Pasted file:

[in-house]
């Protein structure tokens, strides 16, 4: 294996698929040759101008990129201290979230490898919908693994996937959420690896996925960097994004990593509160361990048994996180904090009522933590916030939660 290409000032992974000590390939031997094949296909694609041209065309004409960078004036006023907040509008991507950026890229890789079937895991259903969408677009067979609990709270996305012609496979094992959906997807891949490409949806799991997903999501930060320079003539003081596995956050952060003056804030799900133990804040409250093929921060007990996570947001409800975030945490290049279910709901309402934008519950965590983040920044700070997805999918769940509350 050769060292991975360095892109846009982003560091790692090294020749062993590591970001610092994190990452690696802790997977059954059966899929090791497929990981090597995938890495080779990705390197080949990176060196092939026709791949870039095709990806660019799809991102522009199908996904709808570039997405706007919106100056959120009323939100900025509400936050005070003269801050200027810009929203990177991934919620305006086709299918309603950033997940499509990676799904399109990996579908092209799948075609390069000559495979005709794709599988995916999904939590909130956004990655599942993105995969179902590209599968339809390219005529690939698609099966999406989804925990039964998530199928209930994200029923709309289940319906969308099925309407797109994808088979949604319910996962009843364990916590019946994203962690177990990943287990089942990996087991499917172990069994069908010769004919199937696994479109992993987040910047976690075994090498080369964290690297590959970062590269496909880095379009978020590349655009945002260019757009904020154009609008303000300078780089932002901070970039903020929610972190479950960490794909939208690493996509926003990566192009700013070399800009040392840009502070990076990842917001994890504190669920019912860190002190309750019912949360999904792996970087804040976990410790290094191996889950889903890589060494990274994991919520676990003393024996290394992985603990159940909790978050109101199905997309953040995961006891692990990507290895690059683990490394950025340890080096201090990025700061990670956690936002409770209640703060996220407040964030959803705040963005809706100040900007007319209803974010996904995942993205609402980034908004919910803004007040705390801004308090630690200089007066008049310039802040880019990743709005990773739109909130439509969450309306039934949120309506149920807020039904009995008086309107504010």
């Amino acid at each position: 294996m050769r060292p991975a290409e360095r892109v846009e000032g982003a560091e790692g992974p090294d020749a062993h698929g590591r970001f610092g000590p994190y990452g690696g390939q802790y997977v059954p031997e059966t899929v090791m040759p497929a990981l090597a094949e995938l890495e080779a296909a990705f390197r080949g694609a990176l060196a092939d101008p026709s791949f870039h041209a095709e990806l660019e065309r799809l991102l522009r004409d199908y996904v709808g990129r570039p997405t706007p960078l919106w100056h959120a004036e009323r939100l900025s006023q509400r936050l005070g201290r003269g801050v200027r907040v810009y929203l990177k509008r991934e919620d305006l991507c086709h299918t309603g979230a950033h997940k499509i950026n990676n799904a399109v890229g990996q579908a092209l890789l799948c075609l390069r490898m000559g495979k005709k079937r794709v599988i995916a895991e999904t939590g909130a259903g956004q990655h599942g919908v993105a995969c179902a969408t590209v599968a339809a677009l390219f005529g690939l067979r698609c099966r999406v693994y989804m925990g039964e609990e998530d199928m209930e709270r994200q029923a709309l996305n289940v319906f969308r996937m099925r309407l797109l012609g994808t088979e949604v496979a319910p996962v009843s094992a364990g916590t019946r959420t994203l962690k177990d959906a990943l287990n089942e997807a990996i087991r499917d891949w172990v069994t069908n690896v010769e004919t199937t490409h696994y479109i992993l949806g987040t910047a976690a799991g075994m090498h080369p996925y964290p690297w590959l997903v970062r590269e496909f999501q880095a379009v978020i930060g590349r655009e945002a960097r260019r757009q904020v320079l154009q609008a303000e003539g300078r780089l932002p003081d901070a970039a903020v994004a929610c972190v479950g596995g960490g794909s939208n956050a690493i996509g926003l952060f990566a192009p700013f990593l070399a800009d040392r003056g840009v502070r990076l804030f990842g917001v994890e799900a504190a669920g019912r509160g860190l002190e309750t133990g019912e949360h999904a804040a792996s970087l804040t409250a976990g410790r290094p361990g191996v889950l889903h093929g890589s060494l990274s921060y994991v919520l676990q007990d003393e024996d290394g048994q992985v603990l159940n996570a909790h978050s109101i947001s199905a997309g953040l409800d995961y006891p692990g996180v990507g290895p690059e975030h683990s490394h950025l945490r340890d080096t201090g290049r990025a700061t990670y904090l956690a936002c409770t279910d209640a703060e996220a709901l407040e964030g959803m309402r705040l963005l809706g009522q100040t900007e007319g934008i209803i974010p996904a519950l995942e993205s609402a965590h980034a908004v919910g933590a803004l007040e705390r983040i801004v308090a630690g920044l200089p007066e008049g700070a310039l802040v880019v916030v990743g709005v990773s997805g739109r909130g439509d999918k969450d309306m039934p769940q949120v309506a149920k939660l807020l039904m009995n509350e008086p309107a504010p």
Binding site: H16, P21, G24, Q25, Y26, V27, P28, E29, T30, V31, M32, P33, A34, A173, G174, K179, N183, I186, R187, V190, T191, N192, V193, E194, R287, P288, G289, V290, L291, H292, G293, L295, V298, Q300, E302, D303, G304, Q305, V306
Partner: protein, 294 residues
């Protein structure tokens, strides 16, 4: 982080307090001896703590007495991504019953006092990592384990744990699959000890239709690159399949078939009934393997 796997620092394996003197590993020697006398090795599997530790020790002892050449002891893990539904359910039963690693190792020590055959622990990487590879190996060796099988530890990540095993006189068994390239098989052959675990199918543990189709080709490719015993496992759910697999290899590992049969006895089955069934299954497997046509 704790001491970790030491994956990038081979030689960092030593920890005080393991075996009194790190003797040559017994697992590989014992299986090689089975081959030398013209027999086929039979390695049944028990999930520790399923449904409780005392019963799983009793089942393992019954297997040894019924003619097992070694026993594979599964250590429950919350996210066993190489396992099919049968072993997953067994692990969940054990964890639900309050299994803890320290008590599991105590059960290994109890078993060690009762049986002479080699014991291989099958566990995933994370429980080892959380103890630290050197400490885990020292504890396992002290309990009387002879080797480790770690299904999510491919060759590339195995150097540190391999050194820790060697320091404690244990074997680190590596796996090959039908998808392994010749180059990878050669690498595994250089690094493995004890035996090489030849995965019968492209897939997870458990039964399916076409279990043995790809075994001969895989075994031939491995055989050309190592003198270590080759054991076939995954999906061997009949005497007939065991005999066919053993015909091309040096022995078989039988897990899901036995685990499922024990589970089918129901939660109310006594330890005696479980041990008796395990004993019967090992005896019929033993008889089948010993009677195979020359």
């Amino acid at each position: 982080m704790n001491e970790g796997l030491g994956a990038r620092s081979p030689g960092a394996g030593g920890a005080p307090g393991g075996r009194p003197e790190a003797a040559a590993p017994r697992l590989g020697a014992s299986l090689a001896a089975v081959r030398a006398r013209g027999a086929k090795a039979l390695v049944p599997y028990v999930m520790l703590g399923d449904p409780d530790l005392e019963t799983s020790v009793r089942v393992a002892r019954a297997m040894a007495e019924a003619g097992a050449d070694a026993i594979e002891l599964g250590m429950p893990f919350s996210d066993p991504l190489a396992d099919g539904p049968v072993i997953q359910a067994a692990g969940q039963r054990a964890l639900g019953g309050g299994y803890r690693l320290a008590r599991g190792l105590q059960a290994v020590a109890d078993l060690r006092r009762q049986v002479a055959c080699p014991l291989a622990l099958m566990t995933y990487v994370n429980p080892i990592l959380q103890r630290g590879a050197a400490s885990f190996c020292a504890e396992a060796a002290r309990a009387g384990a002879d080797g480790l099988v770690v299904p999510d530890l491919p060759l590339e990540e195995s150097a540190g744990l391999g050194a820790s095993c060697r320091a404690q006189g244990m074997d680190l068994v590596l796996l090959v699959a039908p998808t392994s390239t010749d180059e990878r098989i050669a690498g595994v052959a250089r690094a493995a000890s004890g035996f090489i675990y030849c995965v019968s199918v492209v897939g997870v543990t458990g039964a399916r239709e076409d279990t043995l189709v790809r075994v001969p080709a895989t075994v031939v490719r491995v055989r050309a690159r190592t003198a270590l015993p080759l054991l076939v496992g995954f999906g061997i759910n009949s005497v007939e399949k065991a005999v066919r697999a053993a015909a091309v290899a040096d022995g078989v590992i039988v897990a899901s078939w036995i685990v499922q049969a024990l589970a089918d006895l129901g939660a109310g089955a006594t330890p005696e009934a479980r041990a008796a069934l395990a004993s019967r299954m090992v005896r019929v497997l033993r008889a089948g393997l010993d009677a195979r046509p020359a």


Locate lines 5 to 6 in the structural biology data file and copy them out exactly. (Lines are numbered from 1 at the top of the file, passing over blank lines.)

Partner: protein, 294 residues
């Protein structure tokens, strides 16, 4: 982080307090001896703590007495991504019953006092990592384990744990699959000890239709690159399949078939009934393997 796997620092394996003197590993020697006398090795599997530790020790002892050449002891893990539904359910039963690693190792020590055959622990990487590879190996060796099988530890990540095993006189068994390239098989052959675990199918543990189709080709490719015993496992759910697999290899590992049969006895089955069934299954497997046509 704790001491970790030491994956990038081979030689960092030593920890005080393991075996009194790190003797040559017994697992590989014992299986090689089975081959030398013209027999086929039979390695049944028990999930520790399923449904409780005392019963799983009793089942393992019954297997040894019924003619097992070694026993594979599964250590429950919350996210066993190489396992099919049968072993997953067994692990969940054990964890639900309050299994803890320290008590599991105590059960290994109890078993060690009762049986002479080699014991291989099958566990995933994370429980080892959380103890630290050197400490885990020292504890396992002290309990009387002879080797480790770690299904999510491919060759590339195995150097540190391999050194820790060697320091404690244990074997680190590596796996090959039908998808392994010749180059990878050669690498595994250089690094493995004890035996090489030849995965019968492209897939997870458990039964399916076409279990043995790809075994001969895989075994031939491995055989050309190592003198270590080759054991076939995954999906061997009949005497007939065991005999066919053993015909091309040096022995078989039988897990899901036995685990499922024990589970089918129901939660109310006594330890005696479980041990008796395990004993019967090992005896019929033993008889089948010993009677195979020359």